“The princess has an open countenance; her eyebrows are neat and regular; her nose is small and angular, but very elegantly defined; and her coral lips and well-turned neck are equally admirable. Goodness is strongly marked in her countenance; and we may say, from her whole figure, that the Graces have exerted themselves in forming a great princess. Her highness talks but little, especially at table, but all she says is sterling sense. She appears to have an uncommon genius, which she ornaments by the continual study of the best French authors.”
“My dear Son Fritz,—I am glad you need no more medicine. But you must have a care of yourself some days yet, for the severe weather gives me and every body colds. So pray be on your guard.
“That may well be,” rejoined the king, “with the cursed life I have been leading.”“I was sitting quiet in my apartment, busy with work, and some one reading to me, when the queen’s ladies rushed in, with a torrent of domestics in their rear, who all bawled out, putting one knee to the ground, that they were come to salute the Princess of Wales. I fairly believed these poor people had lost their wits. They would not cease overwhelming me with noise and tumult; their joy was so great they knew not what they did. When the farce had lasted some time, they told me what had occurred at the dinner.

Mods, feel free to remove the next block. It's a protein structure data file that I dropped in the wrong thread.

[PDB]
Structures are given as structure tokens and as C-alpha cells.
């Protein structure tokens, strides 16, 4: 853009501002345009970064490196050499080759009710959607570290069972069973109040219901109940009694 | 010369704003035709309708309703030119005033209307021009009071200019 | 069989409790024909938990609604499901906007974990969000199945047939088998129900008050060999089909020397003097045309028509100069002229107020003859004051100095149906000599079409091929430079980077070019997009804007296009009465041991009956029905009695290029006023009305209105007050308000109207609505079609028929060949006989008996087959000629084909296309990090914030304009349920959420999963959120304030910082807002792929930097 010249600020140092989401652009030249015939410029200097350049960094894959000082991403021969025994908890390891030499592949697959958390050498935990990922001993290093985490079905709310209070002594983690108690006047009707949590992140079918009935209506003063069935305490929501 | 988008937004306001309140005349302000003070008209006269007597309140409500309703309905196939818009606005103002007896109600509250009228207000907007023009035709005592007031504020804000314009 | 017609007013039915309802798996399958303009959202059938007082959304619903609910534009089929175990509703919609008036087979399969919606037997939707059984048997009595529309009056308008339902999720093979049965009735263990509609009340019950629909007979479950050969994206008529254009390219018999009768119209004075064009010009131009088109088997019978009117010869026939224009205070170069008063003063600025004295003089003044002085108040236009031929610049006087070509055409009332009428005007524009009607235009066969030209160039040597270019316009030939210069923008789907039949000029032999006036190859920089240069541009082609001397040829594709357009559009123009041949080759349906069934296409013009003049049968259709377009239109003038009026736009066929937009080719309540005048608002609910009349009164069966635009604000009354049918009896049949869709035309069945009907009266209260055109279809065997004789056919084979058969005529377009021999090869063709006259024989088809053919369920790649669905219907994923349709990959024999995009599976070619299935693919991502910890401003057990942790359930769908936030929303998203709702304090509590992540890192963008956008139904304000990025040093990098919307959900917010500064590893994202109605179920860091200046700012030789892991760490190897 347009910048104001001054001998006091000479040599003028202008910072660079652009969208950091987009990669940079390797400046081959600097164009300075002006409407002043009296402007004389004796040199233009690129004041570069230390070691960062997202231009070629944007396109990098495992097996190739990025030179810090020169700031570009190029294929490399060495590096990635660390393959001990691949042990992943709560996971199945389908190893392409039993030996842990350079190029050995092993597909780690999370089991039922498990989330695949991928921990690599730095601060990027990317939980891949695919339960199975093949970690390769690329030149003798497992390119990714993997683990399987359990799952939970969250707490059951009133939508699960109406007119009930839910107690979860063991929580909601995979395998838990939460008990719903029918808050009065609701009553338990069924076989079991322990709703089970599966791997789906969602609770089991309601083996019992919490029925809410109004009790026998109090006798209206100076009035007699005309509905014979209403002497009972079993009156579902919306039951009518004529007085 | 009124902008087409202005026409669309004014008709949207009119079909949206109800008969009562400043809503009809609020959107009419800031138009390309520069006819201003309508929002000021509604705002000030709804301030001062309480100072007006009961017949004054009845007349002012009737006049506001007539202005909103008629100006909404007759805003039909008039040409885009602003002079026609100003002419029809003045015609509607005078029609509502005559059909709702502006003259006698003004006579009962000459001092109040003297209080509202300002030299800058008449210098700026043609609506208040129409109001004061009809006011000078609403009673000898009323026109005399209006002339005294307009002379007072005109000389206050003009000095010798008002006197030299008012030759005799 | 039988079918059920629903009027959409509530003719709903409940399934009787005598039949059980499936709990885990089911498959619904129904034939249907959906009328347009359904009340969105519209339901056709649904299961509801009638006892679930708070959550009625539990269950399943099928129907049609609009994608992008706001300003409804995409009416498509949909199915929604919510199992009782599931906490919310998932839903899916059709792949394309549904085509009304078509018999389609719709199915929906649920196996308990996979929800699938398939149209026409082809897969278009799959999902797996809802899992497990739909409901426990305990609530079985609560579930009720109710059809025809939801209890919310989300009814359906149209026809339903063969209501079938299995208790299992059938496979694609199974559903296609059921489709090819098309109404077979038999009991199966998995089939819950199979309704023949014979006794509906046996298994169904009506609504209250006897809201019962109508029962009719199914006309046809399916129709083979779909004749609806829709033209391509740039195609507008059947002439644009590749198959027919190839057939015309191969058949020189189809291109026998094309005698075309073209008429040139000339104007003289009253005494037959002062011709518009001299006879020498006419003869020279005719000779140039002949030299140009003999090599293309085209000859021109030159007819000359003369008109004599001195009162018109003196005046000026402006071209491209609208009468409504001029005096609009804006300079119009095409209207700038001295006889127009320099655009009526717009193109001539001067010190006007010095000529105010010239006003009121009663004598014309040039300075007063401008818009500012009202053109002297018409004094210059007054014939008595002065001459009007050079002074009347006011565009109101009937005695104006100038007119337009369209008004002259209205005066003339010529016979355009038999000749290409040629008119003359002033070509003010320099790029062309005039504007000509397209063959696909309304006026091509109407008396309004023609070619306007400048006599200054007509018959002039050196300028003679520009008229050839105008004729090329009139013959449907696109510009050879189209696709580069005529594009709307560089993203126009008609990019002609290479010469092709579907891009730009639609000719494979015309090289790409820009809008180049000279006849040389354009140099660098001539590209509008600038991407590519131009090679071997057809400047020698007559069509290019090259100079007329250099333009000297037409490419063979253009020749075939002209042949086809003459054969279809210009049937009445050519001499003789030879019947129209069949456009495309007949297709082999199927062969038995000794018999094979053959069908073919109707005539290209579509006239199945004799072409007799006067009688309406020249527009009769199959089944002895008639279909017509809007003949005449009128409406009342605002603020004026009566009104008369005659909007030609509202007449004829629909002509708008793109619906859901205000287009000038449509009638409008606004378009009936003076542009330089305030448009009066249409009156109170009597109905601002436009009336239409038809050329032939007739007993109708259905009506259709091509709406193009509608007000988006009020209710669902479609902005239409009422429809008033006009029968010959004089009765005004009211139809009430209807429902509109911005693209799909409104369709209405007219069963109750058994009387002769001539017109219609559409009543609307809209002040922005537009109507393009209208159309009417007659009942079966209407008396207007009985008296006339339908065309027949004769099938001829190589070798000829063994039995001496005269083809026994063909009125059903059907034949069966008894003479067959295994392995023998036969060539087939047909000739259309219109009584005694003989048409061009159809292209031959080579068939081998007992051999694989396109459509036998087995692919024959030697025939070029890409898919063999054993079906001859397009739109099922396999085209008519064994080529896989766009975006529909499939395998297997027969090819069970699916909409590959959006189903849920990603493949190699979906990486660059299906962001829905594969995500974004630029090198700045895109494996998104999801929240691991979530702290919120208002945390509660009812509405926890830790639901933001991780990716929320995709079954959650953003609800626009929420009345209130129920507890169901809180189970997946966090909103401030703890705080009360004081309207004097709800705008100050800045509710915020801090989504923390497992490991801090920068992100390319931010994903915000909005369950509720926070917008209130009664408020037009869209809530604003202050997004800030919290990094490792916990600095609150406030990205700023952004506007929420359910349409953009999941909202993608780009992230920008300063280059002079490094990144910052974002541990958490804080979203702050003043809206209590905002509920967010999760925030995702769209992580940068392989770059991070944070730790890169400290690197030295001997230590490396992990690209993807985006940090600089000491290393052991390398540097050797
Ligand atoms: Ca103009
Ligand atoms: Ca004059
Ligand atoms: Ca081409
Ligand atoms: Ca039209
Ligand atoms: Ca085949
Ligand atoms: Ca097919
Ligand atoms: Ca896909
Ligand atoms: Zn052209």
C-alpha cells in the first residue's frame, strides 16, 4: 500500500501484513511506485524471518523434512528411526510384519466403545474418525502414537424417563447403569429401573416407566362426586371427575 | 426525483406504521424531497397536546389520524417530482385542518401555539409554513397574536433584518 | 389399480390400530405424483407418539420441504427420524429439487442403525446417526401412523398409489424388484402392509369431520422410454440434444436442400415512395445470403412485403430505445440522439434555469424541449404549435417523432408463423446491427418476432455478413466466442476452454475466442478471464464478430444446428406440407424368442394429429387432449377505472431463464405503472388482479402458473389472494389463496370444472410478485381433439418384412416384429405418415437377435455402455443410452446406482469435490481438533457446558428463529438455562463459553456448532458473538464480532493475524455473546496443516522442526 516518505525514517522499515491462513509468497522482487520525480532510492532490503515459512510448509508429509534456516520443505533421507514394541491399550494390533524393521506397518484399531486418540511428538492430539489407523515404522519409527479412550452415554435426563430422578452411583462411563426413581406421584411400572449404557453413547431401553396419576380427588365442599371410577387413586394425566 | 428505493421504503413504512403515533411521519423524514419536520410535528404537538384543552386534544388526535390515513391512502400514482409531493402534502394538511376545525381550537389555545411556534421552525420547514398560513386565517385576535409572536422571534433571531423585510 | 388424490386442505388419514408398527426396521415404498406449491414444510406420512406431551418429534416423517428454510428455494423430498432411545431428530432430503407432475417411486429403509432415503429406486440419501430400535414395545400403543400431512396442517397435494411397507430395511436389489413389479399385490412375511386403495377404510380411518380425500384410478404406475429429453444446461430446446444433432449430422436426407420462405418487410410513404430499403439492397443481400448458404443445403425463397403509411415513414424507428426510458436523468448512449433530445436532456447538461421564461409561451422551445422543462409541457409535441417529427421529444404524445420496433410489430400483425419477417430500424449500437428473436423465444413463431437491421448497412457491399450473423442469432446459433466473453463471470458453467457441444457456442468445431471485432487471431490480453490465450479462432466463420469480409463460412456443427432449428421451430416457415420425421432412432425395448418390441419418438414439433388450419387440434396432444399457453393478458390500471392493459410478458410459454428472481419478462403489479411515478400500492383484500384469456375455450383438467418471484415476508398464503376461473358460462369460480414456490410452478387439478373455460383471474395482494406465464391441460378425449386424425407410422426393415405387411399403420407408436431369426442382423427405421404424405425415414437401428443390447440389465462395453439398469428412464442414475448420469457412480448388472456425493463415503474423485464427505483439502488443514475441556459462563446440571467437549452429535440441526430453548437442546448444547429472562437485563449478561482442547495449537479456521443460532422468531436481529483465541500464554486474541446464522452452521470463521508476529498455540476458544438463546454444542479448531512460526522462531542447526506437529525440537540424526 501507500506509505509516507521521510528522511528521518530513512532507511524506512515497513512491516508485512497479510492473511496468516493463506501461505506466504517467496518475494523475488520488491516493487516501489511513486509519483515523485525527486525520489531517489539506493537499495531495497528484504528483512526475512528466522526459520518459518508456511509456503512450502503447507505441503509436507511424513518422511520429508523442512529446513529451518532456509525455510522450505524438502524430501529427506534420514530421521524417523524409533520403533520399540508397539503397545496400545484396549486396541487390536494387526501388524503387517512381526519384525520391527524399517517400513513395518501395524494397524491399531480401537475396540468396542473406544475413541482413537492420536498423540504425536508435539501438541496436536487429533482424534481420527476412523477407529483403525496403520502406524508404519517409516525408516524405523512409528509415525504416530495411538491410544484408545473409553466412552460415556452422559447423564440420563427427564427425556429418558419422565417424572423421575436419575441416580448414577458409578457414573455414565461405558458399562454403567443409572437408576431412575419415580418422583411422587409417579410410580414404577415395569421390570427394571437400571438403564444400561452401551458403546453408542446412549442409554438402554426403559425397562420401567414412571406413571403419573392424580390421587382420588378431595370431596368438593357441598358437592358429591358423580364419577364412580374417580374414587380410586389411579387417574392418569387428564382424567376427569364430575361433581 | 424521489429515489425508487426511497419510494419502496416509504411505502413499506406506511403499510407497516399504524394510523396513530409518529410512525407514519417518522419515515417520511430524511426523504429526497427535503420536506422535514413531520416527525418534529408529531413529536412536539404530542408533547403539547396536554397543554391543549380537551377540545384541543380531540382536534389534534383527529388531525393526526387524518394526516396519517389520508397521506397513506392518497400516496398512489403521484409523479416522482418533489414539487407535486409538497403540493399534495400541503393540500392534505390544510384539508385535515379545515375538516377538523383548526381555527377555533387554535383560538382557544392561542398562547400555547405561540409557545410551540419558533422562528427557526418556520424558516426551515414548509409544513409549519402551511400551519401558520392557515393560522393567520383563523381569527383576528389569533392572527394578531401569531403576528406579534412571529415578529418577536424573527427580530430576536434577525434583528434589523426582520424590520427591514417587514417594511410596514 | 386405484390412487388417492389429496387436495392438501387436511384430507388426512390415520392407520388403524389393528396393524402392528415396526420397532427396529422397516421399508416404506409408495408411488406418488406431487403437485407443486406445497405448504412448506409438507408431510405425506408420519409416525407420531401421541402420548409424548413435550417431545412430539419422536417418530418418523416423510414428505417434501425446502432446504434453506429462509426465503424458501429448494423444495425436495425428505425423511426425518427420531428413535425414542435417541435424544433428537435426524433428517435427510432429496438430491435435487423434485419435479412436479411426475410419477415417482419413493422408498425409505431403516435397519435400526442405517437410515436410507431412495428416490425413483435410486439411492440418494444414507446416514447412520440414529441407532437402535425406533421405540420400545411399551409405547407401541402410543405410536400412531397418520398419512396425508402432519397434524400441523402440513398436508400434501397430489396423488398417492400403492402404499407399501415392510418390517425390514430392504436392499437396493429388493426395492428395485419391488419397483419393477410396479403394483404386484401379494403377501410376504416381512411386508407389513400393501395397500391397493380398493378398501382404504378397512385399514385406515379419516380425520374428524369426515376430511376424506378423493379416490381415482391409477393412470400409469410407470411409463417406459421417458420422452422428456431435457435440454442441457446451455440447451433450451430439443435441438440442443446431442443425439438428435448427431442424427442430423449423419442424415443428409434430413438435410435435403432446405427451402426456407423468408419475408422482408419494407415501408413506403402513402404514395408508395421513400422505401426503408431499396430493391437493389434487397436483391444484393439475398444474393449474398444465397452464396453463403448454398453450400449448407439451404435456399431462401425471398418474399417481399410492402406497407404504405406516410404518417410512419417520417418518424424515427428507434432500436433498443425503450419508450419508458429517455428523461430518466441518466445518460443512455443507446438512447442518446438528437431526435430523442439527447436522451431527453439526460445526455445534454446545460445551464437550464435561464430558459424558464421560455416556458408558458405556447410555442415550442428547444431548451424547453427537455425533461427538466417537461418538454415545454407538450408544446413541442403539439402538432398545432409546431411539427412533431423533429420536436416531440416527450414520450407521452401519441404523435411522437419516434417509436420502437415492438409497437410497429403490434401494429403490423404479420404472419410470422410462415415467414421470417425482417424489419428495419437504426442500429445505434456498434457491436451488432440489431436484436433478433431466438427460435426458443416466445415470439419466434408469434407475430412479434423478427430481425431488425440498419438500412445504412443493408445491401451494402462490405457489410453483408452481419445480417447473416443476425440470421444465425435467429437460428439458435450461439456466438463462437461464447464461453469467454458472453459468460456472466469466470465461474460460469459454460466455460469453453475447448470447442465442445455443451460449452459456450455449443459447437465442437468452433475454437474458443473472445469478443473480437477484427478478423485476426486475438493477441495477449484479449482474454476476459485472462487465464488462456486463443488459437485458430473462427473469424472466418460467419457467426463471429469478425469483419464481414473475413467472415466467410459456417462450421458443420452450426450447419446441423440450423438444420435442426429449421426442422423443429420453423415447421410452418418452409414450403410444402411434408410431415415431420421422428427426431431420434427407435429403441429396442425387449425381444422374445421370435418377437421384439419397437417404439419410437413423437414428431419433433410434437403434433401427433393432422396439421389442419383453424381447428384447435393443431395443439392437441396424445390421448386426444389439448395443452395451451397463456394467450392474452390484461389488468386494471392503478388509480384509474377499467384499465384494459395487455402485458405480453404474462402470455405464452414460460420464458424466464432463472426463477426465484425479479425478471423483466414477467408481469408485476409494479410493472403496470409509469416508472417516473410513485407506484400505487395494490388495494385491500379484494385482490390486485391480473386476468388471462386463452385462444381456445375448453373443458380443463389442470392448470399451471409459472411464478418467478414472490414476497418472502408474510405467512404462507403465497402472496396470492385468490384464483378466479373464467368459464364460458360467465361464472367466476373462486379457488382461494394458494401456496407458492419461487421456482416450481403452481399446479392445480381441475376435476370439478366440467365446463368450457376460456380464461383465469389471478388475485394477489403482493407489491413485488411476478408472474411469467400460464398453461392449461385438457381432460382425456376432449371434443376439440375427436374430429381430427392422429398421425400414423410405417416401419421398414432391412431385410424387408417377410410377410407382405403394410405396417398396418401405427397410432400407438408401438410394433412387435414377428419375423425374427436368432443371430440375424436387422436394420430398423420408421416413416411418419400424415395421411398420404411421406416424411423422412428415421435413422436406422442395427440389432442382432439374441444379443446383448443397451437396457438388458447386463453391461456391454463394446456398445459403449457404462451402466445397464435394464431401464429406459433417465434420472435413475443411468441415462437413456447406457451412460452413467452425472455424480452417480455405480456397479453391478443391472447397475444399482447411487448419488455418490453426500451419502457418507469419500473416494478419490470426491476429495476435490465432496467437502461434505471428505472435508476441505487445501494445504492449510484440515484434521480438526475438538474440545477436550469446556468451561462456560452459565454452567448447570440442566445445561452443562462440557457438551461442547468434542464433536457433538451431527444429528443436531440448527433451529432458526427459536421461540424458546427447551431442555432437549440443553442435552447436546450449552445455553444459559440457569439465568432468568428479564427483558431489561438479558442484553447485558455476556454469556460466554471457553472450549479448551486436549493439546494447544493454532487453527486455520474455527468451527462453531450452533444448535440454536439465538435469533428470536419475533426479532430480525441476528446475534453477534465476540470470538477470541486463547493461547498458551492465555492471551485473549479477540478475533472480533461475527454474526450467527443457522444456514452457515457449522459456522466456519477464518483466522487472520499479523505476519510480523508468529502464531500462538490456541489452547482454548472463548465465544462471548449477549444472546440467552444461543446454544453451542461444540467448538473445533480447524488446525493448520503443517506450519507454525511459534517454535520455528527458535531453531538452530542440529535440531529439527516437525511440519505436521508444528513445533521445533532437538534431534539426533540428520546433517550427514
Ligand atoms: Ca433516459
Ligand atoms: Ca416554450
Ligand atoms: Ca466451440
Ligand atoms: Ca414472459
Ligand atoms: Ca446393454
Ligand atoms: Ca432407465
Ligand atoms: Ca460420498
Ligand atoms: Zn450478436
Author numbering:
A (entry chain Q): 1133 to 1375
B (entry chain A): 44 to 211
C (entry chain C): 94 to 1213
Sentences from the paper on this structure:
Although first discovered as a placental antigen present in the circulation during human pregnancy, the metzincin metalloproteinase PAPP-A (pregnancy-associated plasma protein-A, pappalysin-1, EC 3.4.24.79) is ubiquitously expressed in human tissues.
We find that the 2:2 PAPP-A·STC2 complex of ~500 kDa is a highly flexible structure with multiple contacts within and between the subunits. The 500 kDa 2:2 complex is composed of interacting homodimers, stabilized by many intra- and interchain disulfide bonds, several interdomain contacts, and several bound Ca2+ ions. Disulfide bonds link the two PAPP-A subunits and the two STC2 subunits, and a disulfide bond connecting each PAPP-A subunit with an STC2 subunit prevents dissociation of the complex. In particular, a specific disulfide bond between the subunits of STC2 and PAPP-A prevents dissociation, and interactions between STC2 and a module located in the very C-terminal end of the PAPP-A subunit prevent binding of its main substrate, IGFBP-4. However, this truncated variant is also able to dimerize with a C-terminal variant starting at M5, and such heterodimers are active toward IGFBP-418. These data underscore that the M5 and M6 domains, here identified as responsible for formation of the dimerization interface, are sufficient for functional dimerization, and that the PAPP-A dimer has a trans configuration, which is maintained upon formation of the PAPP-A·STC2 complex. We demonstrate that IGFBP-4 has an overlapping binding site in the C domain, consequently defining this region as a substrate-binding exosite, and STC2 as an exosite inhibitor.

In the court-yard there was a fountain with stone steps, where Frederick William loved to sit on summer evenings and smoke his pipe. He frequently took his frugal dinner here in the open air under a lime-tree, with the additional protection of an awning. After dinner he would throw himself down for a nap on a wooden bench, apparently regardless of the flaming sun.
51 Some of the courtiers, in order to divert the king from his melancholy, and from these ideas of abdication, succeeded in impressing upon him the political necessity of visiting Augustus, the King of Poland, at Dresden. The king did not intend to take Fritz with him. But Wilhelmina adroitly whispered a word to Baron Suhm, the Polish embassador, and obtained a special invitation for the Crown Prince. It is a hundred miles from Berlin to Dresden—a distance easily traversed by post in a day. It was the middle of January, 1728, when the Prussian king reached Dresden, followed the day after by his son. They were sumptuously entertained for four weeks in a continuous round of magnificent amusements, from which the melancholic King of Prussia recoiled, but could not well escape.
“The king now admitted that my brother was still alive, but vowed horribly that he would put him to death, and lay me fast within four walls for the rest of my life. He accused me of being the prince’s accomplice, whose crime was high treason. ‘I hope now,’ he said, ‘to have evidence enough to convict the rascal Fritz and the wretch Wilhelmina, and to cut their heads off. As for Fritz, he will always, if he lives, be a worthless fellow. I have three other sons, who will all turn out better than he has done.’